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Antarctic Thomas Glacier named after Professor David N. Thomas

The Government of the British Antarctic Territory has announced 28 new place names in the Territory. One of them, Thomas Glacier (Palmer Land, Antarctic Peninsula), is named after Professor David N. Thomas, Honorary Professor at Bangor University.

Professor Thomas moved from Bangor University to the University of Helsinki this summer. Prior to this move he had served as Pro Vice-Chancellor, Research, and as the Head of the School of Ocean Sciences at Bangor University.

The new Antarctic place-names mark the 200th Anniversary of the Discovery of Antarctica.

These place-names honour those who have made an exceptional contribution to furthering the understanding, protection and management of Antarctica over the last fifty years, and whose achievements warrant highlighting alongside those of the early explorers.

Those recognised today, on 3 December, represent leading UK Antarctic scientists or those who have contributed to our greater understanding of the continent, and who until now have not been honoured with a place name.

“This is an unexpected and humbling honour, recognising my modest contribution to sea ice research. My type of research is based around team work and there are so many colleagues, ships crew, logistics support who have made my work possible. As always I owe them a great debt of gratitude” says Professor David N Thomas.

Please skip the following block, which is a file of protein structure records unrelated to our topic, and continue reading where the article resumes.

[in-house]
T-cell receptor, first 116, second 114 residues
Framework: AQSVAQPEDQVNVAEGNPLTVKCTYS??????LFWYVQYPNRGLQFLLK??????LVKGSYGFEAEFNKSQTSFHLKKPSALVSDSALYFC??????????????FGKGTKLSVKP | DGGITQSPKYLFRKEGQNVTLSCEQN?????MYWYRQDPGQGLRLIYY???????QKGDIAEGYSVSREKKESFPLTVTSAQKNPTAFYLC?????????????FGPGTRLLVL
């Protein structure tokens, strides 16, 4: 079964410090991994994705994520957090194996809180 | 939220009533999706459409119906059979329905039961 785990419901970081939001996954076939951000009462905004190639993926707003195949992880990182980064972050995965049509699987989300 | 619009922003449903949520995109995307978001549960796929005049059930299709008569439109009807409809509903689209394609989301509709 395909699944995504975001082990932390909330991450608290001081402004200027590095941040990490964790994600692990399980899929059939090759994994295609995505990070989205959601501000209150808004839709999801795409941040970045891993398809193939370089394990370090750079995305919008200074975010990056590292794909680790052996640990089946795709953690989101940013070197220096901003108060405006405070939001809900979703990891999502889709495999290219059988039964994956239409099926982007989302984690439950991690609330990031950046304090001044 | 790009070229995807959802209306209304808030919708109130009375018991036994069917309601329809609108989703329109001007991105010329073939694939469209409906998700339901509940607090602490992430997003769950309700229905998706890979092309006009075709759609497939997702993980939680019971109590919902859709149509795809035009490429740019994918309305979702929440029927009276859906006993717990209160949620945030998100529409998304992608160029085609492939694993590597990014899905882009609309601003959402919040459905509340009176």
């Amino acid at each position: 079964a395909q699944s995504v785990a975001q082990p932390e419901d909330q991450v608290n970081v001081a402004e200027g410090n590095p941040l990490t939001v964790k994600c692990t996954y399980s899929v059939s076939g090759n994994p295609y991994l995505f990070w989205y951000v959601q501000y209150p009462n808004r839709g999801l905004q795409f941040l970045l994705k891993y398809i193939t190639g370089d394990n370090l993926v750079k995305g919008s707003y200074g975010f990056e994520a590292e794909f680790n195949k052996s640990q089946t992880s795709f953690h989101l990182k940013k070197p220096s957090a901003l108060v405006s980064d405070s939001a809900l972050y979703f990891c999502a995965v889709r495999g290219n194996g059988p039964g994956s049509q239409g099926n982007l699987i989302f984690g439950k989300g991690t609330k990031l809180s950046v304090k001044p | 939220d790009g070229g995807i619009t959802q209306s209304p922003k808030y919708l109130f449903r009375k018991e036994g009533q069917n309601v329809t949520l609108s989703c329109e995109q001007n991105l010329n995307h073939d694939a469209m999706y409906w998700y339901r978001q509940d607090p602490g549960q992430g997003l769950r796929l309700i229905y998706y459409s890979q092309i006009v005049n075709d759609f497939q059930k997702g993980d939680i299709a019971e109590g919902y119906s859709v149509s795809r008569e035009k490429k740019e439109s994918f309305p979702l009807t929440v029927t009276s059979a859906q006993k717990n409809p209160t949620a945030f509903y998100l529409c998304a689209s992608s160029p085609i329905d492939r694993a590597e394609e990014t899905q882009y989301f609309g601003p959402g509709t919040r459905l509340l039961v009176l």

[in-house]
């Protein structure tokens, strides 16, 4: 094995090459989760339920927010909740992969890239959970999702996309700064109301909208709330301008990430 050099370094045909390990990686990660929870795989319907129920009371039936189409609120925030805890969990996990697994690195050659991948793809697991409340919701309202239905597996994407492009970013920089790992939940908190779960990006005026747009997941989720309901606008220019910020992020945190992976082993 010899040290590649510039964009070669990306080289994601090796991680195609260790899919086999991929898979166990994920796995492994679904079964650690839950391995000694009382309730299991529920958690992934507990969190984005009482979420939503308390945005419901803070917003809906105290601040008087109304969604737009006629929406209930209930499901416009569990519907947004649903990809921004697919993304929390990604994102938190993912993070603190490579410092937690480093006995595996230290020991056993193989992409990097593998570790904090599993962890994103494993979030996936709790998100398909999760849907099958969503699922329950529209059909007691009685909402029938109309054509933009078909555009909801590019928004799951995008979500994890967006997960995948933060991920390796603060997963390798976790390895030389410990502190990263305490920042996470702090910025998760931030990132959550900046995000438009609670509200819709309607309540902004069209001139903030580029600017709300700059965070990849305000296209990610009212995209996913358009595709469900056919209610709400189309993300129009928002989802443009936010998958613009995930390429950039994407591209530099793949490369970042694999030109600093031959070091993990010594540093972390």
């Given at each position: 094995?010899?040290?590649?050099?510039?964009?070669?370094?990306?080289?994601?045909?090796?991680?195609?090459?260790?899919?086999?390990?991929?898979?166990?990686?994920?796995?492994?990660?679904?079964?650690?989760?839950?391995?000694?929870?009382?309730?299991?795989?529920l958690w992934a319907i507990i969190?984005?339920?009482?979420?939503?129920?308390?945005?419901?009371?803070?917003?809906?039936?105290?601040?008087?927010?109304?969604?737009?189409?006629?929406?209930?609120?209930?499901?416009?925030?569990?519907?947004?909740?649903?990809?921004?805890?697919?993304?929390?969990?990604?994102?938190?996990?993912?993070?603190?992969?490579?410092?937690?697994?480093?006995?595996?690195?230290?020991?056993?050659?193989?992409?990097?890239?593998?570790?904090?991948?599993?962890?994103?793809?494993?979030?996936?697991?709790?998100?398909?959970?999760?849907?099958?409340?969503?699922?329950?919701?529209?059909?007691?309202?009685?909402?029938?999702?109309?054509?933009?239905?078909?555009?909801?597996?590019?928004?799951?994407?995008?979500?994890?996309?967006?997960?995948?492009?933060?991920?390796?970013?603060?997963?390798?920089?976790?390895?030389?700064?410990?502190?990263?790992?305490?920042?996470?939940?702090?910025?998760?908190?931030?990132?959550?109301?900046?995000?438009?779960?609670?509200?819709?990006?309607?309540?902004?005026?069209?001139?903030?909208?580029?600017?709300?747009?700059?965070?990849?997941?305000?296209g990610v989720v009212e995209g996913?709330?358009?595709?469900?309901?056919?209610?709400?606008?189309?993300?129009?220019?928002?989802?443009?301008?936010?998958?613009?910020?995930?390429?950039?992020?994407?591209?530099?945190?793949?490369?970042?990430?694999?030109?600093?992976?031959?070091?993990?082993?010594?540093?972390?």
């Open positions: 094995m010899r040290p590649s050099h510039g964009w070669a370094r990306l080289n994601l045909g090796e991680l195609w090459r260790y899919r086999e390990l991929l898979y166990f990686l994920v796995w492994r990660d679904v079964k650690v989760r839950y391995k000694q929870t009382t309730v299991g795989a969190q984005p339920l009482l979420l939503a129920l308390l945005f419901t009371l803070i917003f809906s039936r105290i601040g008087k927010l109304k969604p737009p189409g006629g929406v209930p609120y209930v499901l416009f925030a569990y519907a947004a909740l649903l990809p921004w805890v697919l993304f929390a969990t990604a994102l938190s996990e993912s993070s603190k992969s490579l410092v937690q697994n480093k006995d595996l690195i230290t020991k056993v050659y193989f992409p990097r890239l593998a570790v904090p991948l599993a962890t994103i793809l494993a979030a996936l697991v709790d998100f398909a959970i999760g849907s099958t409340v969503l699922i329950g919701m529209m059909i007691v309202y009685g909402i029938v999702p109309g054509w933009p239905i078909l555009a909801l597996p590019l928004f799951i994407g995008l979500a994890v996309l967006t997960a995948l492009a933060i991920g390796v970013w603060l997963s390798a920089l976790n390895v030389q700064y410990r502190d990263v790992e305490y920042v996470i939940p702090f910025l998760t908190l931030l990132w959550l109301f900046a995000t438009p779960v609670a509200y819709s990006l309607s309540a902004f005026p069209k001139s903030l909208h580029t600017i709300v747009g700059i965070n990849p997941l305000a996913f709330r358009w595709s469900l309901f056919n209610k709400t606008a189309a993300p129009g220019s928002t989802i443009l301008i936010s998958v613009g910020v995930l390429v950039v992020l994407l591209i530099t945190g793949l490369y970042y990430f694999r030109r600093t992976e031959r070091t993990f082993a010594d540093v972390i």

Current Head of School Prof John Turner commented:

“David is one of a very select group of polar scientists and explorers to have a glacier named after them in Antarctica, and on behalf of the School of Ocean Sciences, I would like to congratulate David on this rare and significant honour which recognises his research contribution in the UK Antarctic Territory.

It is especially pertinent that “Thomas Glacier” is close to “Fogg Headland” named after GE (Tony) Fogg.  Not only was Tony David’s friend and mentor, he was the Established Chair of Marine Biology at Bangor from 1971- 1985, a post David held from 2006 to 2020.

It is a great achievement to have two Bangor scientists amongst those honoured by being put on the map of this truly international continent.’

Names generally comprise a generic term, which describes the feature being named, and a specific name, which can be descriptive, themed on Antarctic history, science or culture, or after persons who have made a significant and sustained contribution to Antarctic science, or other notable service relating to Antarctica.